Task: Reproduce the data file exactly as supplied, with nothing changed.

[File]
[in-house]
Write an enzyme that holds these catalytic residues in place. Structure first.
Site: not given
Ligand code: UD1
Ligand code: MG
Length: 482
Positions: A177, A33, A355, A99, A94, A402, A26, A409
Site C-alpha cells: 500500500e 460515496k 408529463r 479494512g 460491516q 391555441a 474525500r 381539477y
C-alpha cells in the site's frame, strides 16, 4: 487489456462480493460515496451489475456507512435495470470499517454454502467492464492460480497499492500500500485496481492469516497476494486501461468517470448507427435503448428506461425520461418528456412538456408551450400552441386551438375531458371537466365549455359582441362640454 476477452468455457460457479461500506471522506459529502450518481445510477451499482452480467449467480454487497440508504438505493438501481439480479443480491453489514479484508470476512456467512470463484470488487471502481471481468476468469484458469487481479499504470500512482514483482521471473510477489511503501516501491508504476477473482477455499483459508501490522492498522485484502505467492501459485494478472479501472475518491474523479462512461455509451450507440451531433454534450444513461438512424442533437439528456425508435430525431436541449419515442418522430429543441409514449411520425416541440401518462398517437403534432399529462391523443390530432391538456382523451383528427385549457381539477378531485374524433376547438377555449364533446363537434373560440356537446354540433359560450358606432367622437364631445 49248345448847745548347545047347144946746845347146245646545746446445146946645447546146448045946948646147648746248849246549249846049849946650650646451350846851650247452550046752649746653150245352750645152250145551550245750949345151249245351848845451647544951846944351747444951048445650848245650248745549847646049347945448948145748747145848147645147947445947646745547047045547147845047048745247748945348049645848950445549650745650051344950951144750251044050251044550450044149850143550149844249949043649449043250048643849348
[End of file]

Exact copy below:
[in-house]
Write an enzyme that holds these catalytic residues in place. Structure first.
Site: not given
Ligand code: UD1
Ligand code: MG
Length: 482
Positions: A177, A33, A355, A99, A94, A402, A26, A409
Site C-alpha cells: 500500500e 460515496k 408529463r 479494512g 460491516q 391555441a 474525500r 381539477y
C-alpha cells in the site's frame, strides 16, 4: 487489456462480493460515496451489475456507512435495470470499517454454502467492464492460480497499492500500500485496481492469516497476494486501461468517470448507427435503448428506461425520461418528456412538456408551450400552441386551438375531458371537466365549455359582441362640454 476477452468455457460457479461500506471522506459529502450518481445510477451499482452480467449467480454487497440508504438505493438501481439480479443480491453489514479484508470476512456467512470463484470488487471502481471481468476468469484458469487481479499504470500512482514483482521471473510477489511503501516501491508504476477473482477455499483459508501490522492498522485484502505467492501459485494478472479501472475518491474523479462512461455509451450507440451531433454534450444513461438512424442533437439528456425508435430525431436541449419515442418522430429543441409514449411520425416541440401518462398517437403534432399529462391523443390530432391538456382523451383528427385549457381539477378531485374524433376547438377555449364533446363537434373560440356537446354540433359560450358606432367622437364631445 49248345448847745548347545047347144946746845347146245646545746446445146946645447546146448045946948646147648746248849246549249846049849946650650646451350846851650247452550046752649746653150245352750645152250145551550245750949345151249245351848845451647544951846944351747444951048445650848245650248745549847646049347945448948145748747145848147645147947445947646745547047045547147845047048745247748945348049645848950445549650745650051344950951144750251044050251044550450044149850143550149844249949043649449043250048643849348